Witnesses said the bomber drove into the airport parking lot outside the Marine fence, where a sentry spotted the pickup and radioed headquarters. The truck then speeded up, smashed through a gate and a sandbagged guardpost, roared around another barrier and vaulted through the sandbagged lobby of the building where it blew up. It was unclear whether Marine sentries fired at the vehicle.
Sirens wailing, Lebanese ambulances and U.S. rescue vehicles careened to the blast scene and medics evacuated the dead and maimed. Helicopters flew casualties to U.S. warships offshore.
The most seriously wounded were flown to a British Royal Air Force Hospital in Nicosia, Cyprus, British officials said. Britain and Italy also have contingents in the multinational force.
President Reagan cut short a golf weekend in Georgia and flew back to Washington, where he was expected to meet with national security advisers.
In Paris, French Defense Minister Charles Hernu called the attacks "odious and cowardly" and flew to Lebanon to inspect the damage, France government sources said.
The terrorist blasts came one day after a U.S. convoy with 2,000 Marines assigned to replace the Beirut contingent were diverted to the eastern Caribbean because of the unstable political situation in Grenada. Many of the Marines killed Sunday had been preparing to leave.
Before this explosion, six Marines had been killed by sniper fire or artillery explosions around their airport camp and a seventh died when a mine exploded.
Lebanese army explosive expert Staff Sgt. Youssef Bita estimated the force of the blast at the U.S. and French centers at 660 pounds each. Jordan estimated the Marine compound bomb contained 2,000 pounds of explosives.
The Marine bombing was worse than the April 18 bombing of the U.S. Embassy in west Beirut in which 17 Americans and 32 Lebanese were killed.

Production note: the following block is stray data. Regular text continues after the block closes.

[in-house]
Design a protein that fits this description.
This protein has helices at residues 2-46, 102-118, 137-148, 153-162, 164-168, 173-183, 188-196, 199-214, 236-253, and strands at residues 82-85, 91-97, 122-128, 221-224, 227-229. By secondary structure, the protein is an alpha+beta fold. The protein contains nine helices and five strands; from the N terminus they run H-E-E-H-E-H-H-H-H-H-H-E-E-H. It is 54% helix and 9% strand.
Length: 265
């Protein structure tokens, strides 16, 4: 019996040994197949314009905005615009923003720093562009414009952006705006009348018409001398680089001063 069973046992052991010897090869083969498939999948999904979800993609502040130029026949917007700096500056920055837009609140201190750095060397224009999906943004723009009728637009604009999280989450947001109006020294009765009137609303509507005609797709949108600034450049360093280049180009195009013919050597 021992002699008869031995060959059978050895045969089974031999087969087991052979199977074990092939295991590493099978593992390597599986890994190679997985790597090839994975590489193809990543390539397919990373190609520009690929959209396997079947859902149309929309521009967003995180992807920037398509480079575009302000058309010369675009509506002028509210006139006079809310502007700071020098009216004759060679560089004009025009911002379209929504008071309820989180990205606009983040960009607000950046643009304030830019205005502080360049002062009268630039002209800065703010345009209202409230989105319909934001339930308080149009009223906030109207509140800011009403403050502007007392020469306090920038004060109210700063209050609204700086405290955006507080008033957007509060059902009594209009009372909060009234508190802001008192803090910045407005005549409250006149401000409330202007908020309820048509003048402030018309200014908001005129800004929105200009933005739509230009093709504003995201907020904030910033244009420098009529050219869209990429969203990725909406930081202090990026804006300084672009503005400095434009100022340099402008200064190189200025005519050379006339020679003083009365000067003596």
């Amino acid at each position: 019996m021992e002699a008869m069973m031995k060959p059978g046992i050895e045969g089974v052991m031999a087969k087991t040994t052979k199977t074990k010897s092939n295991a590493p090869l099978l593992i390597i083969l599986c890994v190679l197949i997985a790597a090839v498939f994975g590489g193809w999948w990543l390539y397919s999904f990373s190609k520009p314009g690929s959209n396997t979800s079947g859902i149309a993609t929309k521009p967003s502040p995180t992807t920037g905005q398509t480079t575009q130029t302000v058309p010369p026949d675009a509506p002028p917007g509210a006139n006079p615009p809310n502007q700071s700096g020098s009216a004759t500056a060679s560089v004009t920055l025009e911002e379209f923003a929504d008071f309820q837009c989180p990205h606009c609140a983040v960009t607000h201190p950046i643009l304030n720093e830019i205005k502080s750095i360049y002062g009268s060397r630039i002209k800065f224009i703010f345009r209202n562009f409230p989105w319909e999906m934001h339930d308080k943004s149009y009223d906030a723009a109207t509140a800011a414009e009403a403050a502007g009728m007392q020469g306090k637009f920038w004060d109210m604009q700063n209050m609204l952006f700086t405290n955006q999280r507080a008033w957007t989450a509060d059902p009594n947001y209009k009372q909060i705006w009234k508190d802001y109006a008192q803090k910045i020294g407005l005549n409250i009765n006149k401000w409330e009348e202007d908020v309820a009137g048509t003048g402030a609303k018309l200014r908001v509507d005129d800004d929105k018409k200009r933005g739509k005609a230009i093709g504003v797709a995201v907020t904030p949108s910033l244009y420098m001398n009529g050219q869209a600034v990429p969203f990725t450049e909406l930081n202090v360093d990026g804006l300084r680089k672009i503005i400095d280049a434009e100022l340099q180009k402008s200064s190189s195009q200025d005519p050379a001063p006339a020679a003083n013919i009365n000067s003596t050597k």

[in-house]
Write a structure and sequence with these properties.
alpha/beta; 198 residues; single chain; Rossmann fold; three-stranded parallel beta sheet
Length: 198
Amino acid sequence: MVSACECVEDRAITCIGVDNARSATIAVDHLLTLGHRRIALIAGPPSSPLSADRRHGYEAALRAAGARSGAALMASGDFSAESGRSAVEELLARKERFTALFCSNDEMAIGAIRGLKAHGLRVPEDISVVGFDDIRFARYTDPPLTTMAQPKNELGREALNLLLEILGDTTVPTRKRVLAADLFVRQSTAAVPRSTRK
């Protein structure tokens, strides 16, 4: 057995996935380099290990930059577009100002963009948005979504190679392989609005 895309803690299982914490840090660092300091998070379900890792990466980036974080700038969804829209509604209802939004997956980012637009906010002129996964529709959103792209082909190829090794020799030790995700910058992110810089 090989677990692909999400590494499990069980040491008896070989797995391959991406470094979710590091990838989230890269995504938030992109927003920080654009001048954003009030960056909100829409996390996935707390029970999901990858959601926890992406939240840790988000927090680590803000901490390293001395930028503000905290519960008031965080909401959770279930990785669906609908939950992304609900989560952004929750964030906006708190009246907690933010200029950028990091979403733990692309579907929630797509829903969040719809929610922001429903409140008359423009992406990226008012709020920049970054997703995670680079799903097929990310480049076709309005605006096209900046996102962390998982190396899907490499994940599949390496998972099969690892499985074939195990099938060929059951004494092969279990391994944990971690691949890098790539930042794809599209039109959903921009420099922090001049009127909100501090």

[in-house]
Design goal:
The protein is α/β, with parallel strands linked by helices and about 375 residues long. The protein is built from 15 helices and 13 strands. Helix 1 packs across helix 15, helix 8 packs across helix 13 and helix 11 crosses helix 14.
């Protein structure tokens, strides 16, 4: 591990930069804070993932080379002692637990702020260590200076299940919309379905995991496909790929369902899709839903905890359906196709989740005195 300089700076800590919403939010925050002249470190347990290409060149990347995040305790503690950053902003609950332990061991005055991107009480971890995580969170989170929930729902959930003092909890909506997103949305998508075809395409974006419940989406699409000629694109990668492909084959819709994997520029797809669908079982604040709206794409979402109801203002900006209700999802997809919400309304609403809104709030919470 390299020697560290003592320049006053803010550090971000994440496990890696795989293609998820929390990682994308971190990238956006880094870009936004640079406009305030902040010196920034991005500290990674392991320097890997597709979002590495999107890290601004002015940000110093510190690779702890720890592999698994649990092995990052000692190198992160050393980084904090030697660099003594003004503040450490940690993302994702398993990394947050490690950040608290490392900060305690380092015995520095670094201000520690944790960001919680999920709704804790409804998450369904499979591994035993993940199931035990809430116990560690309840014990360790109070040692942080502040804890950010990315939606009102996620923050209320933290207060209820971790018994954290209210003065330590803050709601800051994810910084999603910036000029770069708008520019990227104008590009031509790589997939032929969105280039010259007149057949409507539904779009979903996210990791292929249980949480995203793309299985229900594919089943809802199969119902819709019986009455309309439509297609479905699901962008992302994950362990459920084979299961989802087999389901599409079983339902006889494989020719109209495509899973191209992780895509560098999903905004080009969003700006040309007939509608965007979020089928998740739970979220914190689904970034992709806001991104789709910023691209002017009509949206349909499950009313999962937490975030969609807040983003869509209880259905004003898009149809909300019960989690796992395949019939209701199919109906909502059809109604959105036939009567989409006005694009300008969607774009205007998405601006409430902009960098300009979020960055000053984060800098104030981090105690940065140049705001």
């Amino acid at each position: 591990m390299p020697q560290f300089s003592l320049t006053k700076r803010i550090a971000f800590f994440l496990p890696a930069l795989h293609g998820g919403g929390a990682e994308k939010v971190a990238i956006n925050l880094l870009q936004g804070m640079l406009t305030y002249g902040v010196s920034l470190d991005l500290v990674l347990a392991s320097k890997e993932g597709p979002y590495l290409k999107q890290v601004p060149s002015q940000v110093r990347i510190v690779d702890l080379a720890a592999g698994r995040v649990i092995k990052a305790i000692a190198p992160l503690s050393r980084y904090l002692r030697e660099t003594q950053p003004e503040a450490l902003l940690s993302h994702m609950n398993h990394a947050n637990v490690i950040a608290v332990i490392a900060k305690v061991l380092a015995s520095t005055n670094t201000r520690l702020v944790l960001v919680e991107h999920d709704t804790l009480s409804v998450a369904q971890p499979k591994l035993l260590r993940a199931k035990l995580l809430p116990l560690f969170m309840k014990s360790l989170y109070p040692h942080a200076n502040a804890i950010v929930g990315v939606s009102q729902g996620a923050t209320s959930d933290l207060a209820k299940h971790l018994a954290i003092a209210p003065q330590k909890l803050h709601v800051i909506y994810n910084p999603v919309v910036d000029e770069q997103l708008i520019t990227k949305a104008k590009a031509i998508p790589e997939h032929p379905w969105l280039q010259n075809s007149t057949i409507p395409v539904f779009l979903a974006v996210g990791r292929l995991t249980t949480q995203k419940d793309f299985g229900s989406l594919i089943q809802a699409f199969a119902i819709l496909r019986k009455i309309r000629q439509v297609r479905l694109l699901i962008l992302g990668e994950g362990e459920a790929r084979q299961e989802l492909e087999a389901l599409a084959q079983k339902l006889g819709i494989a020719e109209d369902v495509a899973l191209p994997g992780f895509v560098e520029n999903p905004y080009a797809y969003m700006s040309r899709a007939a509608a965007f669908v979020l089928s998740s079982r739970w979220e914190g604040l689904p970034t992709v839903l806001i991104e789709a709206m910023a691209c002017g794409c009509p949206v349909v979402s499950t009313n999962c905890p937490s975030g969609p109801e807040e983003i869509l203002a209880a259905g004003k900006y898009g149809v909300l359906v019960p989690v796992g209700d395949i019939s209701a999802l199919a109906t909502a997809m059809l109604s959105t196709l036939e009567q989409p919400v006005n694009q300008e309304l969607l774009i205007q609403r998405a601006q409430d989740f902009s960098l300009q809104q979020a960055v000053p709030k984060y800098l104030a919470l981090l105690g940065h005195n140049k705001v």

It bore a strong resemblance to the embassy bombing, which U.S. officials at the time blamed on pro-Iranian Lebanese extremists. In that explosion, a suicide terrorist drove a small truck loaded with explosives through a gate to the entrance of the building.
Col. Timothy Geraghty, commander of the 1,600-man U.S. peace contingent, rushed to the blast scene to direct rescue efforts. He told reporters that some of the trapped leathernecks were still alive hours after the blast.
"These kind of things just harden our resolve and we will continue to do what we came here to do, and that is to provide assistance for a free and independent Lebanon," Geraghty said.
It can be fairly argued that the attacks were attacks of both religious and insurgent terrorism as they were directed against a peacekeeping force that Islamic Jihad viewed as an occupying force.
Islamic Jihad, under the guise of Hezbollah, continued with its terrorist activities after the bombing of the American and French compounds. In January 1984, the organization directed the killing of Malcolm Kerr, the president of Beirut's American University. In March 1984, the terrorists kidnapped, tortured, and killed William Buckley, political officer for the Central Intelligence Agency (CIA) at the U.S. embassy.
On March 31, 1984, President Reagan ordered American military personnel out of Beirut. At about the same time, the Italian and French forces were also evacuated by their respective governments, which ended the multinational peacekeeping effort in Beirut.
The removal of foreign military personnel in Beirut did not stop terrorists actions against the United States and its allies. Other Western officials and civilians were kidnapped including American and British professors from American University and journalist Terry Anderson, head of the Associated Press Beirut bureau. On June 19, 1985, TWA Flight 847 was hijacked while flying from Athens, Greece to Rome, Italy.
The United States intelligence network had a difficult time deciding how to confront these terrorist threats because of insufficient information as to which specific group was actually responsible. White House analysts alleged that the Iranian government supported and directed terrorist actions in Lebanon. In response, the Reagan Administration pursued a policy of secretly selling military weapons to Iran (in order for the country to fight a war with Iraq) in exchange for the release of U.S. and allied hostages. Money from the sales was diverted to anti-Communist forces in Nicaragua. The actions eventually turned into what became known as the Iran-Contra affair.
The United States, by 1991, was able to negotiate the release of all hostages held in Lebanon. The Lebanese Civil War ended in 1990, and the peace agreement allowed Hezbollah to maintain its position in Lebanon. Syria and Iran allegedly continued to supply Hezbollah with money, supplies, and personnel.